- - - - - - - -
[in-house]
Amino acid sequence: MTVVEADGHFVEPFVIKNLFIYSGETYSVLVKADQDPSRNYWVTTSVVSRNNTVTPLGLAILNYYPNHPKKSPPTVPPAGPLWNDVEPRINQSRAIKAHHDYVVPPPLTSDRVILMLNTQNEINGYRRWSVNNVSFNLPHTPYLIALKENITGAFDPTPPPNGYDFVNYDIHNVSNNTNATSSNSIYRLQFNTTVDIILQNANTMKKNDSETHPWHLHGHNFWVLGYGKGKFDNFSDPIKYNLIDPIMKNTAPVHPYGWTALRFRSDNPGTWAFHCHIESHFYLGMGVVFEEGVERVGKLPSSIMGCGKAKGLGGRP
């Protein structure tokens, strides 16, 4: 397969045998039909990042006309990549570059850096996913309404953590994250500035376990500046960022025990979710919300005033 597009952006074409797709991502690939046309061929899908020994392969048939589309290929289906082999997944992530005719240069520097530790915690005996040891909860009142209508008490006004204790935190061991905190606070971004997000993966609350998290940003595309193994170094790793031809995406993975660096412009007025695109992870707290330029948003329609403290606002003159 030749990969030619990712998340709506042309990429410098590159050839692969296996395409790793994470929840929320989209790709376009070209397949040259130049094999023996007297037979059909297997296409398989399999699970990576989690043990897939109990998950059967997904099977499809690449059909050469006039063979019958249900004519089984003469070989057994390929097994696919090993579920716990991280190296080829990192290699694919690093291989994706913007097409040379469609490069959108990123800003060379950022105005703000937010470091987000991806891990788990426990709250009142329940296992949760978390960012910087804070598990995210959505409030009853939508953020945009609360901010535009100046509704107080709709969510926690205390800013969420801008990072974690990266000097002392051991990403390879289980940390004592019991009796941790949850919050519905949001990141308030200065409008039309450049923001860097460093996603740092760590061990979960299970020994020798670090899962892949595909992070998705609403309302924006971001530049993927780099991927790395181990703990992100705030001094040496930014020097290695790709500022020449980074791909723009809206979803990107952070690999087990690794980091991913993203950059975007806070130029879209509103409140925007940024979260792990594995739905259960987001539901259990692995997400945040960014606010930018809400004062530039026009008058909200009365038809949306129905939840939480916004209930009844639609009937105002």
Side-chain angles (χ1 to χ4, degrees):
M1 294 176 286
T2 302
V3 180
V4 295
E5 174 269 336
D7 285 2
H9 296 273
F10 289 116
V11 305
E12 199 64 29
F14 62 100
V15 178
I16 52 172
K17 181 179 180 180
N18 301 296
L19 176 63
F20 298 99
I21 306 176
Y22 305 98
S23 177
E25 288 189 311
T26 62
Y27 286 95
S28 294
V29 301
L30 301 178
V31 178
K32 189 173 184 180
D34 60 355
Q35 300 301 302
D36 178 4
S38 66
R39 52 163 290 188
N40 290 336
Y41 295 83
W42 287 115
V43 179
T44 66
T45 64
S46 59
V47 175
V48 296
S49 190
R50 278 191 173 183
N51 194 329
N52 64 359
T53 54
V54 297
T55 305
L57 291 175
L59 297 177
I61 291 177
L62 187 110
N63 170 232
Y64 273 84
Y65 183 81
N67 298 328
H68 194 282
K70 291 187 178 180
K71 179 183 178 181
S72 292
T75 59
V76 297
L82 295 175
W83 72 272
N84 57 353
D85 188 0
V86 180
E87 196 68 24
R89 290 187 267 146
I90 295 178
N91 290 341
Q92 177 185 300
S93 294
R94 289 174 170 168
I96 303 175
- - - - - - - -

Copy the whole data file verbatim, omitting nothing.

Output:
[in-house]
Amino acid sequence: MTVVEADGHFVEPFVIKNLFIYSGETYSVLVKADQDPSRNYWVTTSVVSRNNTVTPLGLAILNYYPNHPKKSPPTVPPAGPLWNDVEPRINQSRAIKAHHDYVVPPPLTSDRVILMLNTQNEINGYRRWSVNNVSFNLPHTPYLIALKENITGAFDPTPPPNGYDFVNYDIHNVSNNTNATSSNSIYRLQFNTTVDIILQNANTMKKNDSETHPWHLHGHNFWVLGYGKGKFDNFSDPIKYNLIDPIMKNTAPVHPYGWTALRFRSDNPGTWAFHCHIESHFYLGMGVVFEEGVERVGKLPSSIMGCGKAKGLGGRP
């Protein structure tokens, strides 16, 4: 397969045998039909990042006309990549570059850096996913309404953590994250500035376990500046960022025990979710919300005033 597009952006074409797709991502690939046309061929899908020994392969048939589309290929289906082999997944992530005719240069520097530790915690005996040891909860009142209508008490006004204790935190061991905190606070971004997000993966609350998290940003595309193994170094790793031809995406993975660096412009007025695109992870707290330029948003329609403290606002003159 030749990969030619990712998340709506042309990429410098590159050839692969296996395409790793994470929840929320989209790709376009070209397949040259130049094999023996007297037979059909297997296409398989399999699970990576989690043990897939109990998950059967997904099977499809690449059909050469006039063979019958249900004519089984003469070989057994390929097994696919090993579920716990991280190296080829990192290699694919690093291989994706913007097409040379469609490069959108990123800003060379950022105005703000937010470091987000991806891990788990426990709250009142329940296992949760978390960012910087804070598990995210959505409030009853939508953020945009609360901010535009100046509704107080709709969510926690205390800013969420801008990072974690990266000097002392051991990403390879289980940390004592019991009796941790949850919050519905949001990141308030200065409008039309450049923001860097460093996603740092760590061990979960299970020994020798670090899962892949595909992070998705609403309302924006971001530049993927780099991927790395181990703990992100705030001094040496930014020097290695790709500022020449980074791909723009809206979803990107952070690999087990690794980091991913993203950059975007806070130029879209509103409140925007940024979260792990594995739905259960987001539901259990692995997400945040960014606010930018809400004062530039026009008058909200009365038809949306129905939840939480916004209930009844639609009937105002």
Side-chain angles (χ1 to χ4, degrees):
M1 294 176 286
T2 302
V3 180
V4 295
E5 174 269 336
D7 285 2
H9 296 273
F10 289 116
V11 305
E12 199 64 29
F14 62 100
V15 178
I16 52 172
K17 181 179 180 180
N18 301 296
L19 176 63
F20 298 99
I21 306 176
Y22 305 98
S23 177
E25 288 189 311
T26 62
Y27 286 95
S28 294
V29 301
L30 301 178
V31 178
K32 189 173 184 180
D34 60 355
Q35 300 301 302
D36 178 4
S38 66
R39 52 163 290 188
N40 290 336
Y41 295 83
W42 287 115
V43 179
T44 66
T45 64
S46 59
V47 175
V48 296
S49 190
R50 278 191 173 183
N51 194 329
N52 64 359
T53 54
V54 297
T55 305
L57 291 175
L59 297 177
I61 291 177
L62 187 110
N63 170 232
Y64 273 84
Y65 183 81
N67 298 328
H68 194 282
K70 291 187 178 180
K71 179 183 178 181
S72 292
T75 59
V76 297
L82 295 175
W83 72 272
N84 57 353
D85 188 0
V86 180
E87 196 68 24
R89 290 187 267 146
I90 295 178
N91 290 341
Q92 177 185 300
S93 294
R94 289 174 170 168
I96 303 175